This is the first article in a series examining three key components in the music recording process: tracking, mixing, and mastering.
Tracking is the actual recording of an instrument or voice that will be used in a song or tune. Each instrument is given its own track or file on the computer. In some cases the instruments are recorded at different times and play to a rhythm track that was recorded earlier. In acoustic music the rhythm track may include the rhythm guitar, bass, drums, and click track, which will be heard by the artist through headphones during recording. The click track is generated by the software and computer and provides a highly accurate tempo. Playing or singing to a click track can be a severe test to an artist used to “doing their own thing.” Ideally, each instrument and voice will have its own track. In some cases, an instrument may have more than one track.
Drums sets are often set up with microphones assigned to each drum and cymbal. Different microphones are usually used that accentuate the particular sound; for example, a microphone that brings out the highs would be used to record the high hat. Acoustic guitars will often have one microphone on the body and one on the neck. The purpose is to give a fuller richer voice to the guitar. When recording a group, the group are sometimes recorded together — for example, using one microphone for all the vocals and leads — to produce a live-music sound. Alternatively, each instrument and voice can be recorded separately and mixed together later, using the dreaded click track to hold it all together. The goal of the recording will determine the way a CD is tracked. There are some general principles that, when followed, result in the best product.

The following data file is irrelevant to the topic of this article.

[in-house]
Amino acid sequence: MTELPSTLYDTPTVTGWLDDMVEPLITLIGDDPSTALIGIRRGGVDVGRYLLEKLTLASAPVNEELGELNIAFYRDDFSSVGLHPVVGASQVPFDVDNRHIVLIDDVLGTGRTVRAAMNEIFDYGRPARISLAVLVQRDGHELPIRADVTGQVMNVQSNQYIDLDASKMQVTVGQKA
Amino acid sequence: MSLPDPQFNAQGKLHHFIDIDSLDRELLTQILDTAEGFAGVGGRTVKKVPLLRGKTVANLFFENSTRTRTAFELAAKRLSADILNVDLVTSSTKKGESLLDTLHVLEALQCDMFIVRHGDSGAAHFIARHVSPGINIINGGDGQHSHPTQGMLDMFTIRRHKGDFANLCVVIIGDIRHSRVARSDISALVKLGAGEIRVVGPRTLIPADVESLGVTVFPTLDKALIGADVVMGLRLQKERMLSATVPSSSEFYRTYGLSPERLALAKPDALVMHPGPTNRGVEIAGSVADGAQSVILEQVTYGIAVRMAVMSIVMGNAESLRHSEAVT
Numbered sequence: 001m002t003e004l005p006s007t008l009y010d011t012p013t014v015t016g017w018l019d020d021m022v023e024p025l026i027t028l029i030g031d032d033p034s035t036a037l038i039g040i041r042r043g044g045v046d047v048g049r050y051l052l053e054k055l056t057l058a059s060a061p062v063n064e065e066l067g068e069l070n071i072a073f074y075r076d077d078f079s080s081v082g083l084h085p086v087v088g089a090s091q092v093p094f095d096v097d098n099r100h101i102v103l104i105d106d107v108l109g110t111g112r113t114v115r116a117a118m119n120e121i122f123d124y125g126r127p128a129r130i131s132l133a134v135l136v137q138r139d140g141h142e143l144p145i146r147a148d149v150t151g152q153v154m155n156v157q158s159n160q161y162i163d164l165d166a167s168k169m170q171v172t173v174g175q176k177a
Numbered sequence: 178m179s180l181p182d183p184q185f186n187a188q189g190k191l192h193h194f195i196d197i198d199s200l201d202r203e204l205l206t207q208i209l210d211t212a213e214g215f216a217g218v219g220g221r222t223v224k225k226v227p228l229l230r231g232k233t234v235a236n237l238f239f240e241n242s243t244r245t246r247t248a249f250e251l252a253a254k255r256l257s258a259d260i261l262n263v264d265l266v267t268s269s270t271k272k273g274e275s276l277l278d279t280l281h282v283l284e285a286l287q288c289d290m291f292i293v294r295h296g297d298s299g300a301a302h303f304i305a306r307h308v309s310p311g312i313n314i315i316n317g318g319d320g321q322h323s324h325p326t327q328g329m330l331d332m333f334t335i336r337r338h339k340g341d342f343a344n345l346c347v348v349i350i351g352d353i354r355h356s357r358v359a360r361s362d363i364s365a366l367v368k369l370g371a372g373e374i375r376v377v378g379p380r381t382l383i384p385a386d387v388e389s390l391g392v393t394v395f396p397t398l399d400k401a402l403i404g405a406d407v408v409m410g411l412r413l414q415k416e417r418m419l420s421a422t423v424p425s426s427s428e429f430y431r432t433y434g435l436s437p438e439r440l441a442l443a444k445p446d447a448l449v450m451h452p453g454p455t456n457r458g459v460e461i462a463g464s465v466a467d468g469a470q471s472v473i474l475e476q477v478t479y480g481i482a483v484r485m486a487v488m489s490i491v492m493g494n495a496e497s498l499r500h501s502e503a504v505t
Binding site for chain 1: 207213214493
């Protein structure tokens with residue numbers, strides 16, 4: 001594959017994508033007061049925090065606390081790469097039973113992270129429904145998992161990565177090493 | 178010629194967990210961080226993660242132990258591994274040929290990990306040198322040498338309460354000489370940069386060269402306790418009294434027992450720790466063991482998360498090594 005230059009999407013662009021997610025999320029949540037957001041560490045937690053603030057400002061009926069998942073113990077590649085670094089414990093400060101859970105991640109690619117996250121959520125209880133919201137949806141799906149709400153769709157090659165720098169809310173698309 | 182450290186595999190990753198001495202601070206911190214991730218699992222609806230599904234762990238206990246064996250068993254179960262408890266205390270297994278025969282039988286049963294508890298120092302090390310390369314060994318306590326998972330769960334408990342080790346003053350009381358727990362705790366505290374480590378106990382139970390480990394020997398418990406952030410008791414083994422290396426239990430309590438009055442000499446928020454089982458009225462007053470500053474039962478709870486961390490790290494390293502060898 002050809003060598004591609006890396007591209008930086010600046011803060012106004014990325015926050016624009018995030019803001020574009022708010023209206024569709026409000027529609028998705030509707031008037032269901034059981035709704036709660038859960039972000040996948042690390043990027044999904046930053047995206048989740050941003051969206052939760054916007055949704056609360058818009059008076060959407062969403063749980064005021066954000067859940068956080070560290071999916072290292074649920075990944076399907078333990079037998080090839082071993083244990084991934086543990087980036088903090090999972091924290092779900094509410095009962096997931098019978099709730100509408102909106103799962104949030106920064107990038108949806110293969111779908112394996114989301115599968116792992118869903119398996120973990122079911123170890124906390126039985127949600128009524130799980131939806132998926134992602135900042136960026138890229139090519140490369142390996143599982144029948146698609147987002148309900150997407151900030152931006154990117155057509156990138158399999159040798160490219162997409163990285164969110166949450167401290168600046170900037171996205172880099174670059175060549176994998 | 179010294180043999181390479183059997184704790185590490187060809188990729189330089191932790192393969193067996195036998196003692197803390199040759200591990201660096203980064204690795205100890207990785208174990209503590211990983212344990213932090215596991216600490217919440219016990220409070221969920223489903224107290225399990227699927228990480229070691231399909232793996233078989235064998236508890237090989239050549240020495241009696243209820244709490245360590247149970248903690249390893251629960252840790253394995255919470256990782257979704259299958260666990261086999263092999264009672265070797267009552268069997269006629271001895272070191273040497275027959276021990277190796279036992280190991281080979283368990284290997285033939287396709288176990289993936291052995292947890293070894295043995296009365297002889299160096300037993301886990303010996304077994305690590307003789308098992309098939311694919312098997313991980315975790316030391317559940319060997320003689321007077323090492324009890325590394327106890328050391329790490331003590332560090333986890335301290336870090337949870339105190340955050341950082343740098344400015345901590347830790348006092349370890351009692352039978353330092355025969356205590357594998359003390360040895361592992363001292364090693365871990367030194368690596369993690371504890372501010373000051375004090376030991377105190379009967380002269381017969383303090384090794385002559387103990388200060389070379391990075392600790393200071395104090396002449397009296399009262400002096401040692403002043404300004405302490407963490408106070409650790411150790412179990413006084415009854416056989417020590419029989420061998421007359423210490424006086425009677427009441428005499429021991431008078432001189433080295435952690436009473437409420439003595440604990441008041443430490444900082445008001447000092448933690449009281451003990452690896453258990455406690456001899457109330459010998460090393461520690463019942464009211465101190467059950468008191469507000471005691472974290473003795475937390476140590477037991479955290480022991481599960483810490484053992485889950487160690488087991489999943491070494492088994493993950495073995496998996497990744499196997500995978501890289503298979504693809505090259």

- Pick a location where the sound can be controlled — preferably, a recording studio. Often there is sound insulation to keep outside sounds out and to prevent inside sounds from bouncing back, helping to maintain a “clean” sound. When you walk into most studios, you might notice a lack of sound, like the sort of quiet one experiences when it snows.
- Choose the most suitable mic for each instrument and voice. Some microphones just make a voice or instrument sound better. A studio should have as wide a variety of microphones as possible. There are some high priced microphones, especially for voice, really can demonstrate why they cost what they do. Some microphones may be just niche microphones used for a single purpose. Trial and error works well here. Record a voice or instrument playing the same music by the same person with a number of different microphones then compare the results side by side (aka, A-B testing). We have found that some instruments sound great recorded with what might be considered a lower-tier microphone.
- Microphone placement is key. Slight changes in microphone placement can greatly effect the sound. Also, while recording a musician may unintentionally move and change the sound. A talented, experienced sound engineer watches closely for such changes. “Move a little to your right please.” “Move a little closer, please.” When playing you may not notice the difference; however, from the booth, the difference can be huge. (This is a topic worth much more investigation; check out Microphone Techniques (Shure) & , and 10 Microphone Placement Techniques for Acoustic Guitar (Cakewalk).
- Get as complete separation of sound from instruments when playing together. When playing together in the studio, the engineer will use a number of techniques to separate the sound. When recording two musicians a wall can be put up between them to separate the sound. Avoiding spill — the infusion of one instrument into the track of another — helps later in the mixing process.
- Record quality music. Even the best musicians and top-shelf instruments can’t make a poor song sound good.
- Use the best instruments and voices available. The music will only be as good as the sounds used. Be aware that a great live jam instrument might not be desirable in the studio. An instrument that sings out in a jam may be too “boomy” in the studio.
Ian Shepherd has written an excellent article about tracking; see 10 Techniques For Achieving Outstanding Music Mixes on his Production Advice website. Per Ian, the title is a bit misleading as the article is about tracking. Remember, good mixes come from excellent tracking.
The next article in this series will cover mixing.